Friday, 21 March 2014

3/21

One of the coolest things about my tiny daughter? Like her brother before her, she has allowed me to see the the beauty and unexpected joys that lie at the margins of experience, those stories we often don't get the chance, don't slow down and listen hard enough to hear in this achievement obsessed, 'perfection' seeking, sometimes brutal world.

Being S's mother allowed me see the deep and abiding love that can dwell in the invisible, those essential things not seen by the eye. For that I am ever grateful. My beautiful S, giving the stars their sparkle.

And in her own tiny life, our little seedling is already enriching us in ways I am only beginning to understand. Teaching us how important each moment is, to breath deeply and not rush. To appreciate how little the 'facts' can tell us about love. To celebrate and champion the unique, the unorthodox, the quirky and the singular.

Both my children have and continue to take me on journeys that reveal their truths in gently unfolding, mysterious ways. Or sometimes in great rushes of knowing that are so striking their realization is almost visceral.

Because of my children, I am a braver, more compassionate - and yes, more human - being than I ever gave myself credit for in the life I had before they came along. I am fiercely proud of them both. Our kids, they're one of a kind.

Although I can understand why some parents might, I don't feel fear when I think about raising a child with Down syndrome. Truly, we are so excited to begin this special journey. To have this unique opportunity to learn and grow alongside her. To see the world anew through her eyes. To glow with pride as she discovers and accomplishes and falls and gets up again.

And surely that's just a universal, parental feeling?


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Today is World Down Syndrome Day. For the 3rd copy of the 21st chromosome; get it? (Also the spring equinox, The New Year celebrations of Newroz for a host of cultures across the Middle East and Central Asia, the day after my birthday and apparently World Happiness Day; so it's generally a week on the calendar I can get behind.)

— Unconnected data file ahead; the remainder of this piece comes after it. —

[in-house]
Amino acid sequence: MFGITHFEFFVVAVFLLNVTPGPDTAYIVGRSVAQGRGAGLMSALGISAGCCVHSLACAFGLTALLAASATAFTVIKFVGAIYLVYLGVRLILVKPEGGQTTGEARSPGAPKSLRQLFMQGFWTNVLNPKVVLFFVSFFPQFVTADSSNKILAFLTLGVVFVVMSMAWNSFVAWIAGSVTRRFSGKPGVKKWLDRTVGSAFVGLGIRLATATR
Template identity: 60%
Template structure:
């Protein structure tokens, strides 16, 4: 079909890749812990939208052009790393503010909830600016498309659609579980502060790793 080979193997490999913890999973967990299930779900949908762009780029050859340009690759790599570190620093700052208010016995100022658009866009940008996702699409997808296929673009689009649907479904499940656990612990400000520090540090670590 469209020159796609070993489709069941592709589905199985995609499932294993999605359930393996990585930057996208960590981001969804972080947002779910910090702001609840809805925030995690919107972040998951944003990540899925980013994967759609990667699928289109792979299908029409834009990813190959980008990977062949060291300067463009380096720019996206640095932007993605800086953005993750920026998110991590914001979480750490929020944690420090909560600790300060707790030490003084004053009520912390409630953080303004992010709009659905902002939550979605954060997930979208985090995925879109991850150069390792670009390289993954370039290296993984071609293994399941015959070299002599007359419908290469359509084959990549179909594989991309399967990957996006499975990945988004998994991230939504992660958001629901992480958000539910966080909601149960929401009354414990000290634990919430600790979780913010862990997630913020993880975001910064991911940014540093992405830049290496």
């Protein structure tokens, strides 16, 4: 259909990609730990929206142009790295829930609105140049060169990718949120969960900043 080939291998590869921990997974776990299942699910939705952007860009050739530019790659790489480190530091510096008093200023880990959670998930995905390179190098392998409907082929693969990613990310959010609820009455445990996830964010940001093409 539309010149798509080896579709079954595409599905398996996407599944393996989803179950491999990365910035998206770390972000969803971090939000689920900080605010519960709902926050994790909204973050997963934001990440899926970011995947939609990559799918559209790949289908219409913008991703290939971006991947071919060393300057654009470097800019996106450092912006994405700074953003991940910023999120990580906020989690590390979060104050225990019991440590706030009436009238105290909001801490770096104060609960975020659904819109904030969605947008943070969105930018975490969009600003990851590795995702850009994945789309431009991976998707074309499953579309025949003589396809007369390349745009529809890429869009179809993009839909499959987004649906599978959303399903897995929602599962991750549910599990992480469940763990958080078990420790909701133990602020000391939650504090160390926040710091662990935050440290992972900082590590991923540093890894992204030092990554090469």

I'm new at all this Down syndrome stuff, but already I have learned that there is an amazing global community out there, full of love and acceptance and the readiness to challenge conventional thinking on all the things we think truly matter in life. I like that challenge. These are my people, I can feel it. I'm not religious and I've never been a fatalist, but it's almost as though everything until now was leading me to this.

I read a blog post earlier this week written by Lauren over at Sipping Lemonade. Hers has quickly become a favourite read; she articulates so beautifully all the things I am still too busy untangling in my own brain to put into such moving words.

I hope she won't mind that I'm re-printing here some of what she has to say about today, because I feel sure these are the kinds of things we can all benefit from hearing, whether we're facing our own challenging situations or looking for something awesome to celebrate today. I hope they inspire you as they have me.


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 On World Down syndrome Day:

Since having Kate, I’ve realized that, truly, this day is for everyone and anyone — whether or not you have or love someone who has Down syndrome.

The heart of this day is for anyone who is or loves someone who is human.

It’s World We’re-All-Created-Equal Day. World We-All-Matter Day.

It’s World Don’t-Count-Me-Out Day and World I’ll-Surprise-The-Heck-Out-Of-You Day.

It’s World Different-Is-Great Day. World Be-Yourself Day.